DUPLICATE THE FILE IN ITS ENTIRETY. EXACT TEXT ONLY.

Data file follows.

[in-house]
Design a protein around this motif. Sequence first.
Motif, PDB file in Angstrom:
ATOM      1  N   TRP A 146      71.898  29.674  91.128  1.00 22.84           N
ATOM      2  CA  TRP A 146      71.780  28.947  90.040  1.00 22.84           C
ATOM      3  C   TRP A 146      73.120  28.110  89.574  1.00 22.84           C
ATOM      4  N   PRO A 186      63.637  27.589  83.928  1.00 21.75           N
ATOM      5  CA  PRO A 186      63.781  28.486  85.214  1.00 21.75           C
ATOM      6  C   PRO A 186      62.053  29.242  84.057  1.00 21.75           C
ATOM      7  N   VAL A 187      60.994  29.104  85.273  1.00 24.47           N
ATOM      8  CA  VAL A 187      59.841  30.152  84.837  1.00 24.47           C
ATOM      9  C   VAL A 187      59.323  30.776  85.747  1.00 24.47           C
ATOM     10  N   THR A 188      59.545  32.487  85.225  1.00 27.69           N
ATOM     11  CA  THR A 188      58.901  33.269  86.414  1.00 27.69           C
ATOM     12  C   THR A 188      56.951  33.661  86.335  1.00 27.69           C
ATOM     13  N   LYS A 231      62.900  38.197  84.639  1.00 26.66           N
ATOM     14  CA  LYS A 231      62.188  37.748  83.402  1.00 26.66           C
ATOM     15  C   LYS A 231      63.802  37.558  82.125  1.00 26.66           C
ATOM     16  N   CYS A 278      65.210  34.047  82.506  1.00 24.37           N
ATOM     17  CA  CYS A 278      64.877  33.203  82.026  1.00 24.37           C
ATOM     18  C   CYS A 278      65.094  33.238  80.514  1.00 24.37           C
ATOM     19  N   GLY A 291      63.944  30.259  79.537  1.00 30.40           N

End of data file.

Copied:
[in-house]
Design a protein around this motif. Sequence first.
Motif, PDB file in Angstrom:
ATOM      1  N   TRP A 146      71.898  29.674  91.128  1.00 22.84           N
ATOM      2  CA  TRP A 146      71.780  28.947  90.040  1.00 22.84           C
ATOM      3  C   TRP A 146      73.120  28.110  89.574  1.00 22.84           C
ATOM      4  N   PRO A 186      63.637  27.589  83.928  1.00 21.75           N
ATOM      5  CA  PRO A 186      63.781  28.486  85.214  1.00 21.75           C
ATOM      6  C   PRO A 186      62.053  29.242  84.057  1.00 21.75           C
ATOM      7  N   VAL A 187      60.994  29.104  85.273  1.00 24.47           N
ATOM      8  CA  VAL A 187      59.841  30.152  84.837  1.00 24.47           C
ATOM      9  C   VAL A 187      59.323  30.776  85.747  1.00 24.47           C
ATOM     10  N   THR A 188      59.545  32.487  85.225  1.00 27.69           N
ATOM     11  CA  THR A 188      58.901  33.269  86.414  1.00 27.69           C
ATOM     12  C   THR A 188      56.951  33.661  86.335  1.00 27.69           C
ATOM     13  N   LYS A 231      62.900  38.197  84.639  1.00 26.66           N
ATOM     14  CA  LYS A 231      62.188  37.748  83.402  1.00 26.66           C
ATOM     15  C   LYS A 231      63.802  37.558  82.125  1.00 26.66           C
ATOM     16  N   CYS A 278      65.210  34.047  82.506  1.00 24.37           N
ATOM     17  CA  CYS A 278      64.877  33.203  82.026  1.00 24.37           C
ATOM     18  C   CYS A 278      65.094  33.238  80.514  1.00 24.37           C
ATOM     19  N   GLY A 291      63.944  30.259  79.537  1.00 30.40           N